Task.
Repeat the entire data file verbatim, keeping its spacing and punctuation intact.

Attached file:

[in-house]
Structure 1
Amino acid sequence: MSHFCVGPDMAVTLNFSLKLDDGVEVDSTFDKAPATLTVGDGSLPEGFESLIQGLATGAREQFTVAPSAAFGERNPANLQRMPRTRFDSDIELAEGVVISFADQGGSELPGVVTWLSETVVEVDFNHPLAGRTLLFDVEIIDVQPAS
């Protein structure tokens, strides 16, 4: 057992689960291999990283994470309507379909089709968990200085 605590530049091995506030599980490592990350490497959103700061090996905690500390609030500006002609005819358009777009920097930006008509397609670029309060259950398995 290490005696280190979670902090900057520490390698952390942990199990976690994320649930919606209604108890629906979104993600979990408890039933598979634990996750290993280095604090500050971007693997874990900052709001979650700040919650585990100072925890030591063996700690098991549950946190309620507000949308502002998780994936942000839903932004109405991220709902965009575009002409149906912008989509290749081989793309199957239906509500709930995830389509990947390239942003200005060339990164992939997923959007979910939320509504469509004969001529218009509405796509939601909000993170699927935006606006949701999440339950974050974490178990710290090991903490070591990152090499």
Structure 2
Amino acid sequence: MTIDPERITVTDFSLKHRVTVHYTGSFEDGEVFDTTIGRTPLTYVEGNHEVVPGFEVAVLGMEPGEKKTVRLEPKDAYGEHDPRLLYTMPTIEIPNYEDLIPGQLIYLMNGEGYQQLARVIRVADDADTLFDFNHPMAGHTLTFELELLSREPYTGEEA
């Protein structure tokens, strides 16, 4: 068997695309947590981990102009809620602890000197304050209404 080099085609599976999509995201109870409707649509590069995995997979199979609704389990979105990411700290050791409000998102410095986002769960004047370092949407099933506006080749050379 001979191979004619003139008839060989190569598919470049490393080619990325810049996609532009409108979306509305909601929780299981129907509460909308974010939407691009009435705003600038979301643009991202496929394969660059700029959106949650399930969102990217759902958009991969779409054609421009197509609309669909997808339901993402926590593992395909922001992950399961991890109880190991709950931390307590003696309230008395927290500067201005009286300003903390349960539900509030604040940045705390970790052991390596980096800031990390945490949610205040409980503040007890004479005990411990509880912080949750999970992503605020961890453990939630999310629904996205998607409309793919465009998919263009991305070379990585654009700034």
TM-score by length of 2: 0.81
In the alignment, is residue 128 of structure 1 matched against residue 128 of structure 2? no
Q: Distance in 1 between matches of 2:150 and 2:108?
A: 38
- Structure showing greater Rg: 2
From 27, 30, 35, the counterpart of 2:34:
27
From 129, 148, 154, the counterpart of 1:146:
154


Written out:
[in-house]
Structure 1
Amino acid sequence: MSHFCVGPDMAVTLNFSLKLDDGVEVDSTFDKAPATLTVGDGSLPEGFESLIQGLATGAREQFTVAPSAAFGERNPANLQRMPRTRFDSDIELAEGVVISFADQGGSELPGVVTWLSETVVEVDFNHPLAGRTLLFDVEIIDVQPAS
């Protein structure tokens, strides 16, 4: 057992689960291999990283994470309507379909089709968990200085 605590530049091995506030599980490592990350490497959103700061090996905690500390609030500006002609005819358009777009920097930006008509397609670029309060259950398995 290490005696280190979670902090900057520490390698952390942990199990976690994320649930919606209604108890629906979104993600979990408890039933598979634990996750290993280095604090500050971007693997874990900052709001979650700040919650585990100072925890030591063996700690098991549950946190309620507000949308502002998780994936942000839903932004109405991220709902965009575009002409149906912008989509290749081989793309199957239906509500709930995830389509990947390239942003200005060339990164992939997923959007979910939320509504469509004969001529218009509405796509939601909000993170699927935006606006949701999440339950974050974490178990710290090991903490070591990152090499």
Structure 2
Amino acid sequence: MTIDPERITVTDFSLKHRVTVHYTGSFEDGEVFDTTIGRTPLTYVEGNHEVVPGFEVAVLGMEPGEKKTVRLEPKDAYGEHDPRLLYTMPTIEIPNYEDLIPGQLIYLMNGEGYQQLARVIRVADDADTLFDFNHPMAGHTLTFELELLSREPYTGEEA
């Protein structure tokens, strides 16, 4: 068997695309947590981990102009809620602890000197304050209404 080099085609599976999509995201109870409707649509590069995995997979199979609704389990979105990411700290050791409000998102410095986002769960004047370092949407099933506006080749050379 001979191979004619003139008839060989190569598919470049490393080619990325810049996609532009409108979306509305909601929780299981129907509460909308974010939407691009009435705003600038979301643009991202496929394969660059700029959106949650399930969102990217759902958009991969779409054609421009197509609309669909997808339901993402926590593992395909922001992950399961991890109880190991709950931390307590003696309230008395927290500067201005009286300003903390349960539900509030604040940045705390970790052991390596980096800031990390945490949610205040409980503040007890004479005990411990509880912080949750999970992503605020961890453990939630999310629904996205998607409309793919465009998919263009991305070379990585654009700034």
TM-score by length of 2: 0.81
In the alignment, is residue 128 of structure 1 matched against residue 128 of structure 2? no
Q: Distance in 1 between matches of 2:150 and 2:108?
A: 38
- Structure showing greater Rg: 2
From 27, 30, 35, the counterpart of 2:34:
27
From 129, 148, 154, the counterpart of 1:146:
154